I know what you’re thinking!
Amanda, it isn’t exactly time for Wednesday Links yet. And you’re right.
Today is a slower post day and we didn’t want to leave you with nothing to read this morning on SBTB. Why not do Links a little early to have with your morning tea or coffee or gin?
Look, I won’t judge.
Fantasy author Tara Sim wrote about “reclaiming fantasy.” She also mentions her latest book, which is a queer retelling of The Count of Monte Cristo, which sounds all sorts of fantastic.
Author/essayist Elizabeth Wurtzel passed away earlier this week. The Dogist has a lovely profile of her and her dog, Alistair. Did I cry? Yes.
Sarah is on 2 Girls, 1 Podcast to discuss (what else?) romance novels! Give it a listen!
Author Camryn Garrett was surprised to find she’d been invited to a Facebook Messenger group of Garretts. It may be one of the most wholesome things I’ve seen in a while. All the Garretts are supportive of one another and so respectful.
If you’re on social media, you may have seen Romancelandia discussing the Netflix adaptation of The Witcher with the hunky Henry Cavill. Regardless of whether you watch the series, you have to listen to this song from the show. Jaskier/Dandelion the bard has some pipes.
Don’t forget to share what super cool things you’ve seen, read, or listened to this week! And if you have anything you think we’d like to post on a future Wednesday Links, send it my way!
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This HaBO comes from Florence, who is hoping to find this paranormal/fantasy romance:
The story is about a woman who is trying to escape something or someone, I think her evil family who wants to marry her off. She gets caught by a group of cursed horsemen (quite sure they had black, scary, truly devilish horses with red eyes). These horsemen are traveling the world like reapers, either collecting souls or killing people that should have died. I believe the horsemen were cursed to this fate because of their evil deeds in the past, such as killing many people at war. The heroine travels along with the group and woos the leader in a heartwarming romance.
Sorry my memory is vague! I read so many books that I might have some parts confused with other stories. Please, if you have even the slightest of ideas I will worship you forever
We clarified that is is not the Thalassa series and it was read more than a year ago.
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Women Rowing North
Women Rowing North by Mary Pipher is $1.99 at Amazon! This is a bestselling nonfiction about the difficulties women face as they age. It’s a bestseller and has been rather popular at the bookstore where I work part-time. However, reviews say it’s obviously written from a place of privilege.
From the New York Times bestselling author of Reviving Ophelia, a guide to wisdom, authenticity, and bliss for women as they age.
Women growing older contend with ageism, misogyny, and loss. Yet as Mary Pipher shows, most older women are deeply happy and filled with gratitude for the gifts of life. Their struggles help them grow into the authentic, empathetic, and wise people they have always wanted to be.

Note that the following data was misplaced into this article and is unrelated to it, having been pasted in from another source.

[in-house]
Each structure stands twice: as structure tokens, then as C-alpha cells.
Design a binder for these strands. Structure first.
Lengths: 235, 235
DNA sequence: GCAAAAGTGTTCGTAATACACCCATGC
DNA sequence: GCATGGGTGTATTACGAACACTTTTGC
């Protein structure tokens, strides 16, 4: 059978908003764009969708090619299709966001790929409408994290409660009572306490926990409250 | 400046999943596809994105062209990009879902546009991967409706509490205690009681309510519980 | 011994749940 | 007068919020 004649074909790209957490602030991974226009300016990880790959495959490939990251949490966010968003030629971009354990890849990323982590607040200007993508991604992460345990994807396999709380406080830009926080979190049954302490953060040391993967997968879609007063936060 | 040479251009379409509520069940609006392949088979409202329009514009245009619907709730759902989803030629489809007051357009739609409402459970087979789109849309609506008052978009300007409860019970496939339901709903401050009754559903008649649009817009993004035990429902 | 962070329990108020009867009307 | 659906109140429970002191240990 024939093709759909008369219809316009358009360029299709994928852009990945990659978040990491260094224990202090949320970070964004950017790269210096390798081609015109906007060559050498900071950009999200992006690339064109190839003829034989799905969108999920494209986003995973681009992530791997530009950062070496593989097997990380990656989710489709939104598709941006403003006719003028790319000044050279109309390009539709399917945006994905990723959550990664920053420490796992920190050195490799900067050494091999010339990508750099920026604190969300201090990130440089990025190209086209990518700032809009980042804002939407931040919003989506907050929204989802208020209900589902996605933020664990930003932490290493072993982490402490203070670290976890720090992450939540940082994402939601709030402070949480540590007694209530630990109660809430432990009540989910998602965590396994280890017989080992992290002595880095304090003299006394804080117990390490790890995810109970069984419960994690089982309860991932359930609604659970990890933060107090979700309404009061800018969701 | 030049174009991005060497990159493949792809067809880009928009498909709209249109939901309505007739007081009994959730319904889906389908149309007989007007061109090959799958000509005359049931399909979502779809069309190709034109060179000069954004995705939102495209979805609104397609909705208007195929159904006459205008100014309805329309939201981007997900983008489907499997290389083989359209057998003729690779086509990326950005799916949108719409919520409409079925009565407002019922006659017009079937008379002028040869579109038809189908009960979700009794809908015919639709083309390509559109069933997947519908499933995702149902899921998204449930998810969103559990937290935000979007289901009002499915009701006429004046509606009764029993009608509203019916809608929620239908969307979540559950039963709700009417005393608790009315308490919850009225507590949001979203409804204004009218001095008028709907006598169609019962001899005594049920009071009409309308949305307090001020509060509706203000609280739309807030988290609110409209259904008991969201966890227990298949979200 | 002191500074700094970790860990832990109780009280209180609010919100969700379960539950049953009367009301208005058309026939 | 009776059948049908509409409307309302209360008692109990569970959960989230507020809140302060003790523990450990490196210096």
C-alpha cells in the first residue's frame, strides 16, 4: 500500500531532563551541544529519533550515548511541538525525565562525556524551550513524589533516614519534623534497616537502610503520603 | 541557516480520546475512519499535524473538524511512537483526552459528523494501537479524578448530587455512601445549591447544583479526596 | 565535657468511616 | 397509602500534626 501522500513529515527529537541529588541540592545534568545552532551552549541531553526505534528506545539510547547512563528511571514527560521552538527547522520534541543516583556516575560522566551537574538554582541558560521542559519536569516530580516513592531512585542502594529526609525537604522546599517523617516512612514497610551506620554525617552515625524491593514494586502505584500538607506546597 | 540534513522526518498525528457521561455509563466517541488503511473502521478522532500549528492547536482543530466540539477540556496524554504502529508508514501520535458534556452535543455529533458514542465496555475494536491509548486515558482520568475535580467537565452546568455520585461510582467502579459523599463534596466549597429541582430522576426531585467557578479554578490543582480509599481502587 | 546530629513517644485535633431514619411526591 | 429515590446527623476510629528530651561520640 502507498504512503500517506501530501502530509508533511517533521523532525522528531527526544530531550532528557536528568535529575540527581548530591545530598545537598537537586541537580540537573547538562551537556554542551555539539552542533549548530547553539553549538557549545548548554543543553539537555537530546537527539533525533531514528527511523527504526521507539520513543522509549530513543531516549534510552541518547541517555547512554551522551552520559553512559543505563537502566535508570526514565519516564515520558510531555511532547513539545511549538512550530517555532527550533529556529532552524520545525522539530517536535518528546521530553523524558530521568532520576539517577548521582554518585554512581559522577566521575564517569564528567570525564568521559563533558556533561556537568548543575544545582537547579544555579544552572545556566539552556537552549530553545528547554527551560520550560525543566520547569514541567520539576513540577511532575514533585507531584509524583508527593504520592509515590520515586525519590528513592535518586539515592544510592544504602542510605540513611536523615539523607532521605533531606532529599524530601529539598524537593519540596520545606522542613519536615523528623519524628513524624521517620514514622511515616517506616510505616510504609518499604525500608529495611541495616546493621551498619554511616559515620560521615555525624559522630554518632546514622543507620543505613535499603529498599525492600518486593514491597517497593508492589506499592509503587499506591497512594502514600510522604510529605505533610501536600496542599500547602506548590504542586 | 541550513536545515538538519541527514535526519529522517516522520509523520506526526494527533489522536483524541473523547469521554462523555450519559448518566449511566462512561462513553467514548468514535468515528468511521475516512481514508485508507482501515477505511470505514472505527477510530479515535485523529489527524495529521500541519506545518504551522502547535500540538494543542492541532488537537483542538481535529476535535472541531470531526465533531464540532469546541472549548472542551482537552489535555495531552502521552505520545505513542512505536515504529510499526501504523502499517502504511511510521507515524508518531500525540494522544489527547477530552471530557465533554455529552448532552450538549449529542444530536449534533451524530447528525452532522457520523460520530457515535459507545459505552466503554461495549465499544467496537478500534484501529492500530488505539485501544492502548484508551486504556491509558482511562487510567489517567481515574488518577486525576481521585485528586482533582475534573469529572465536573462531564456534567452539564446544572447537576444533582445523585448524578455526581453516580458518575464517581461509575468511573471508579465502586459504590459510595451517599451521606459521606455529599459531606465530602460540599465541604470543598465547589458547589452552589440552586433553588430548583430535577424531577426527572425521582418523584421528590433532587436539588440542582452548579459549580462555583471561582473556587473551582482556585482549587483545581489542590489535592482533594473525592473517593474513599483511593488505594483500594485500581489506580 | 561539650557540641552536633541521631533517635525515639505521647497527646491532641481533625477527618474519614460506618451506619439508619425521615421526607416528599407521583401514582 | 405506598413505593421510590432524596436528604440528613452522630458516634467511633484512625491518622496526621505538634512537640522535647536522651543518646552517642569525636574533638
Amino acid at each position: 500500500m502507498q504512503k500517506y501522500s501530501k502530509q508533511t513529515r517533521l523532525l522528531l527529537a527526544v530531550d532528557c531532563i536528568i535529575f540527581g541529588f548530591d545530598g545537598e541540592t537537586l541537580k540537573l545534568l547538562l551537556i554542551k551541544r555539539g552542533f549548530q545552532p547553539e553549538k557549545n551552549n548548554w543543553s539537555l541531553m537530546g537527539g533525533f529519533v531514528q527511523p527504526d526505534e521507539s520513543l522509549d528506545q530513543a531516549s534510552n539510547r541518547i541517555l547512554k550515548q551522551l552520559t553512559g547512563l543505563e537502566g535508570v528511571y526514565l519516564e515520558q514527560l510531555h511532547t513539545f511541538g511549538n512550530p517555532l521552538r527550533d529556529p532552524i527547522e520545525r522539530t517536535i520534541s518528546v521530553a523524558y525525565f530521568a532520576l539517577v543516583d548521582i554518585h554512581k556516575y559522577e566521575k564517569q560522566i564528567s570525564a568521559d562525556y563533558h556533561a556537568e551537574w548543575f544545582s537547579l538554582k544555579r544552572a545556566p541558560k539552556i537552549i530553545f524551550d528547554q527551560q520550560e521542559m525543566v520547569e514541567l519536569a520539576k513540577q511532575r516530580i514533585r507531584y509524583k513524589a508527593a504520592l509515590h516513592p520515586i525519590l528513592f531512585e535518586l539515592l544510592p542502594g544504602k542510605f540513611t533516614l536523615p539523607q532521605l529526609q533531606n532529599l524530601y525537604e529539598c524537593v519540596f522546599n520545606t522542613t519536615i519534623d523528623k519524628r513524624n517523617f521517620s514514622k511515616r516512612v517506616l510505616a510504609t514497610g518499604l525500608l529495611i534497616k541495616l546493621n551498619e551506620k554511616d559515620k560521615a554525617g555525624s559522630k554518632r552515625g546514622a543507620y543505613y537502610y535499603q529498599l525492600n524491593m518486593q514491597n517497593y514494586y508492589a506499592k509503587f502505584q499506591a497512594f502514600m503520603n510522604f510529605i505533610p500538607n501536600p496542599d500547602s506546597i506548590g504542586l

In Women Rowing North, Pipher offers a timely examination of the cultural and developmental issues women face as they age. Drawing on her own experience as daughter, sister, mother, grandmother, caregiver, clinical psychologist, and cultural anthropologist, she explores ways women can cultivate resilient responses to the challenges they face. “If we can keep our wits about us, think clearly, and manage our emotions skillfully,” Pipher writes, “we will experience a joyous time of our lives. If we have planned carefully and packed properly, if we have good maps and guides, the journey can be transcendent.”
The Price of Grace
The Price of Grace by Diana Munoz Stewart is $2.99! This is the second book in the Black Ops Confidential romantic suspense series, which follows a group of vigilante sisters. Readers say it’s pretty high in action and suspense, but wish the romance were more developed.
Who can you trust
Gracie Parish knows the true cost of trust. Rescued as a child by the infamous Parish family, she became a member of their covert sisterhood of vigilantes. Gracie saw her most precious relationships destroyed by secrecy. She learned long ago to protect her heart as well as her family’s secrets.
Special Agent Leif “Dusty” McAllister will do anything to uncover the truth about the Parish family’s covert operations. Dusty knows Gracie is his ticket in. He’ll use everything he’s got—fair, unfair, and just plain wrong—to break through her defenses. But the more he gets to know Gracie and her family’s mission, the harder he starts to fall. Neither one is sure they’ll get out of this with their lives—or their hearts—intact.
The Billionaire Game
The Billionaire Game by Lila Monroe is 99c! This contemporary romance seems really cute and fun, but I’m also tapped out on billionaires right now. This romance was originally released in three parts, but they’re all compiled into one full-length romance in this edition.
All’s fair in love, war, and lingerie… Discover the steamy romantic comedy boxset from USA Today bestselling author Lila Monroe! Perfect for fans of Sophie Kinsella and Christina Lauren.
Sexy playboy billionaire Asher Young goes through girlfriends like he goes through bottles of Moët. I would know — he brings them all to get fitted for my luxury lingerie designs. I guess that’s one way to avoid awkward conversations when they find another girl’s panties in his Maserati.